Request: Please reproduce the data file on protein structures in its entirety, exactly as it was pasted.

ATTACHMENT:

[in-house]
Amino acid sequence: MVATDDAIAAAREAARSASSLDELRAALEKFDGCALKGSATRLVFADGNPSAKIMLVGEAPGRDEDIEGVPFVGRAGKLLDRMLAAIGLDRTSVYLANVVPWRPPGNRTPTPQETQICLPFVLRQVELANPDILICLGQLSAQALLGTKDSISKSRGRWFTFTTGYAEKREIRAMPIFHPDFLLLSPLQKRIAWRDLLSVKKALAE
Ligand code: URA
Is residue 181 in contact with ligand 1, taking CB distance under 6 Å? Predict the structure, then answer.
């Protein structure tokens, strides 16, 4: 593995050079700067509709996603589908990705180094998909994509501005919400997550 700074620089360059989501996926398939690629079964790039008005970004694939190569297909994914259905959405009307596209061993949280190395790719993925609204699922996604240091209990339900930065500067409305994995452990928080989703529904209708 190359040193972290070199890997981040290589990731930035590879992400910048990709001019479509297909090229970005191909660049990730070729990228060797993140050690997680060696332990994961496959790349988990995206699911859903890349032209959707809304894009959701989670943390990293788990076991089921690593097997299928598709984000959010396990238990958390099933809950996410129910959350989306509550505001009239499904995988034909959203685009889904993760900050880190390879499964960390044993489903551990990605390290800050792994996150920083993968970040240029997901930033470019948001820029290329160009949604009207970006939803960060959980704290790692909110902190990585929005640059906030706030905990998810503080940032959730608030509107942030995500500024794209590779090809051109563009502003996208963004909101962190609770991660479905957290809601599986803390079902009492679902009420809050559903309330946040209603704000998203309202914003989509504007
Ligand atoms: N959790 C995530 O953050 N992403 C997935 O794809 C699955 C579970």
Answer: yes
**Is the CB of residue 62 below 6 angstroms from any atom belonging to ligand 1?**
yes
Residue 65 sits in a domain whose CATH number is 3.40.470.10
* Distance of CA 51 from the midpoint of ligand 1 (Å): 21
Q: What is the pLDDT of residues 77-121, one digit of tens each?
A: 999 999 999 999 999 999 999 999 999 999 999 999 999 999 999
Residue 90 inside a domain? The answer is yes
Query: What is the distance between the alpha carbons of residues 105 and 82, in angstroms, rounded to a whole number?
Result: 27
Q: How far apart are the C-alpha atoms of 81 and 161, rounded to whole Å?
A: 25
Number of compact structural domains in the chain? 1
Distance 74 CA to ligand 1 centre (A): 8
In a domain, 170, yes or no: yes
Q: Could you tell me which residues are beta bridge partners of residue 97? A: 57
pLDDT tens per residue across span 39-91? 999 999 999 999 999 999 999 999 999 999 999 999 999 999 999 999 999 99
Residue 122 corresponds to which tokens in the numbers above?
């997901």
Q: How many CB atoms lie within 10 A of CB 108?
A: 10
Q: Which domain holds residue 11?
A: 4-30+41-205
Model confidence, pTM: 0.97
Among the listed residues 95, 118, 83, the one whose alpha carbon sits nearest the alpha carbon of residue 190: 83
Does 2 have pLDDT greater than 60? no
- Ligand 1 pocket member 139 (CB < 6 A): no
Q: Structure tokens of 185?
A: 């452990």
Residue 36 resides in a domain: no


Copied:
[in-house]
Amino acid sequence: MVATDDAIAAAREAARSASSLDELRAALEKFDGCALKGSATRLVFADGNPSAKIMLVGEAPGRDEDIEGVPFVGRAGKLLDRMLAAIGLDRTSVYLANVVPWRPPGNRTPTPQETQICLPFVLRQVELANPDILICLGQLSAQALLGTKDSISKSRGRWFTFTTGYAEKREIRAMPIFHPDFLLLSPLQKRIAWRDLLSVKKALAE
Ligand code: URA
Is residue 181 in contact with ligand 1, taking CB distance under 6 Å? Predict the structure, then answer.
């Protein structure tokens, strides 16, 4: 593995050079700067509709996603589908990705180094998909994509501005919400997550 700074620089360059989501996926398939690629079964790039008005970004694939190569297909994914259905959405009307596209061993949280190395790719993925609204699922996604240091209990339900930065500067409305994995452990928080989703529904209708 190359040193972290070199890997981040290589990731930035590879992400910048990709001019479509297909090229970005191909660049990730070729990228060797993140050690997680060696332990994961496959790349988990995206699911859903890349032209959707809304894009959701989670943390990293788990076991089921690593097997299928598709984000959010396990238990958390099933809950996410129910959350989306509550505001009239499904995988034909959203685009889904993760900050880190390879499964960390044993489903551990990605390290800050792994996150920083993968970040240029997901930033470019948001820029290329160009949604009207970006939803960060959980704290790692909110902190990585929005640059906030706030905990998810503080940032959730608030509107942030995500500024794209590779090809051109563009502003996208963004909101962190609770991660479905957290809601599986803390079902009492679902009420809050559903309330946040209603704000998203309202914003989509504007
Ligand atoms: N959790 C995530 O953050 N992403 C997935 O794809 C699955 C579970």
Answer: yes
**Is the CB of residue 62 below 6 angstroms from any atom belonging to ligand 1?**
yes
Residue 65 sits in a domain whose CATH number is 3.40.470.10
* Distance of CA 51 from the midpoint of ligand 1 (Å): 21
Q: What is the pLDDT of residues 77-121, one digit of tens each?
A: 999 999 999 999 999 999 999 999 999 999 999 999 999 999 999
Residue 90 inside a domain? The answer is yes
Query: What is the distance between the alpha carbons of residues 105 and 82, in angstroms, rounded to a whole number?
Result: 27
Q: How far apart are the C-alpha atoms of 81 and 161, rounded to whole Å?
A: 25
Number of compact structural domains in the chain? 1
Distance 74 CA to ligand 1 centre (A): 8
In a domain, 170, yes or no: yes
Q: Could you tell me which residues are beta bridge partners of residue 97? A: 57
pLDDT tens per residue across span 39-91? 999 999 999 999 999 999 999 999 999 999 999 999 999 999 999 999 999 99
Residue 122 corresponds to which tokens in the numbers above?
């997901």
Q: How many CB atoms lie within 10 A of CB 108?
A: 10
Q: Which domain holds residue 11?
A: 4-30+41-205
Model confidence, pTM: 0.97
Among the listed residues 95, 118, 83, the one whose alpha carbon sits nearest the alpha carbon of residue 190: 83
Does 2 have pLDDT greater than 60? no
- Ligand 1 pocket member 139 (CB < 6 A): no
Q: Structure tokens of 185?
A: 């452990």
Residue 36 resides in a domain: no